“Allie has a great game. She’s very consistent. She’s a smart player. She knows how to work an opponent.”

Scoring points for the Irish has meant more to Miller than her 22-9 record and team-best 10-3 ACC record.

“The ACC is so tough and there are so many good matches, but that’s what I wanted to do,” Miller said of playing for a high-quality program like Notre Dame. “I wanted to put up a good record and build my way up from there. I want to get as many wins as I can for the team. That’s the main thing, putting points on the board for my team.”

One of the reasons for Miller’s success is her keen ability to use her left-handed advantage against opponents.

“Being a left-hander is a huge advantage in tennis, because you’re serving to your opponent’s backhand, and usually the backhand is the weaker side,” Louderback said. “Kids aren’t used to getting stretched out wide on the ad side because of the left hand. It makes a very big difference. Allie uses it well, and she’s working on making it even more of an advantage.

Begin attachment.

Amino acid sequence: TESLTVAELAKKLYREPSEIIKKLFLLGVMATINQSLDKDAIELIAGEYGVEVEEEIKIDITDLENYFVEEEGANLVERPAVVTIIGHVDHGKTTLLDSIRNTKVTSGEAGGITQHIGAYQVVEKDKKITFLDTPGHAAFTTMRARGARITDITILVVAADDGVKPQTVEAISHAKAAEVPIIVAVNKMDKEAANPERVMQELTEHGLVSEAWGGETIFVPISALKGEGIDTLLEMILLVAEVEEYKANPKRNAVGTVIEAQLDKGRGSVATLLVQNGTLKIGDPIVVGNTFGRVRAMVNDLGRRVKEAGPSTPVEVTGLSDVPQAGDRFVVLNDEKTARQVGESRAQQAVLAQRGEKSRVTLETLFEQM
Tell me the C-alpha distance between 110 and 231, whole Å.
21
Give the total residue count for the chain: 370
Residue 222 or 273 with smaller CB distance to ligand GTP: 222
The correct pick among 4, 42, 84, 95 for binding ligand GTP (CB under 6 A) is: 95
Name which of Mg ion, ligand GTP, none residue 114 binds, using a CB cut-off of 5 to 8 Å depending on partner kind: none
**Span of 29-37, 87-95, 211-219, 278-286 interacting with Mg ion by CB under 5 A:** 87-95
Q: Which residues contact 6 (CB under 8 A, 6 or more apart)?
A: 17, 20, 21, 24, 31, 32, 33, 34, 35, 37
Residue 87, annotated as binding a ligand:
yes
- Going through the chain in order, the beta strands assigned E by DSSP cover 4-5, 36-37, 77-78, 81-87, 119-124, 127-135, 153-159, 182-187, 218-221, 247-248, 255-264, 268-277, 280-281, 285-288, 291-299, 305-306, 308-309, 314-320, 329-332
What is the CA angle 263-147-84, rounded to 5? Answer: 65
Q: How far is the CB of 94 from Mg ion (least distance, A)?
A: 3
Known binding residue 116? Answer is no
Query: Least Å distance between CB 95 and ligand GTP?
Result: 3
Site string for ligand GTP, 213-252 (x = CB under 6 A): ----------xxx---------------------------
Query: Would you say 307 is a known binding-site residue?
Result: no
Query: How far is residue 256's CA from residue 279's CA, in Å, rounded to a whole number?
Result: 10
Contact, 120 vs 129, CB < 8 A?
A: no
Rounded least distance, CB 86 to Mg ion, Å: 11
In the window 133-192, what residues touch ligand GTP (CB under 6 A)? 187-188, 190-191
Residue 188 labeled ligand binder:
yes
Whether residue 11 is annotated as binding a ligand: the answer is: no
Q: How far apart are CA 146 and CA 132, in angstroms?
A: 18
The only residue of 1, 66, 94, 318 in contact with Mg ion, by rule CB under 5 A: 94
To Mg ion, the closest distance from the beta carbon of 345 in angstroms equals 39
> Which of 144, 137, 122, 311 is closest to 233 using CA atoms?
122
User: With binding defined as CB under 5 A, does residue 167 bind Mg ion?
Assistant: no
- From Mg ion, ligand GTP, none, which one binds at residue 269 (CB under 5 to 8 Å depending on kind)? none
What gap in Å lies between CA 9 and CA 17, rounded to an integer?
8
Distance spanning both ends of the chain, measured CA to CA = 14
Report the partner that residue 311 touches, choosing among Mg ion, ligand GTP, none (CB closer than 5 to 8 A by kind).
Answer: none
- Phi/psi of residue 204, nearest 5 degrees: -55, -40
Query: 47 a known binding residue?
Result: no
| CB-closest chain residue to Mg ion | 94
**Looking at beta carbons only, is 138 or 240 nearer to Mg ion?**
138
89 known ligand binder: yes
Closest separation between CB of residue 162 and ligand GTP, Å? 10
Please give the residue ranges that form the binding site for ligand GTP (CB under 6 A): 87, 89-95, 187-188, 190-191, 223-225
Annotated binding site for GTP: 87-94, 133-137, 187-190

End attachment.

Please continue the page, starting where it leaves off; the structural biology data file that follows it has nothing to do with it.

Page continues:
“It’s a different spin when the ball comes at you. There are a lot of weird things about a serve from a left-hander. It’s a serve into the body, and if you serve into the body, players aren’t used to it coming that way.”

Miller said she knows her opponents are unfamiliar with facing a left-hander.

“I try to use it on my serve and open up the court,” Miller said. “I have the move out wide on their backhand, and sometimes people don’t like to do that. I’m lucky. I try to use it to my advantage, for sure.”

Miller has been a steady contributor to the Irish attack at No. 5 singles as well as doubles, and Louderback sees her moving up the ranks.

“Allie’s potential is unlimited,” Louderback said. “She works extremely hard. She puts in a lot of extra hours. We’ll practice at 10 in the morning on Saturday, and she’ll have been on the ball machine since 8. I feel like she can move up a couple of levels.”

– by Curt Rallo, special correspondent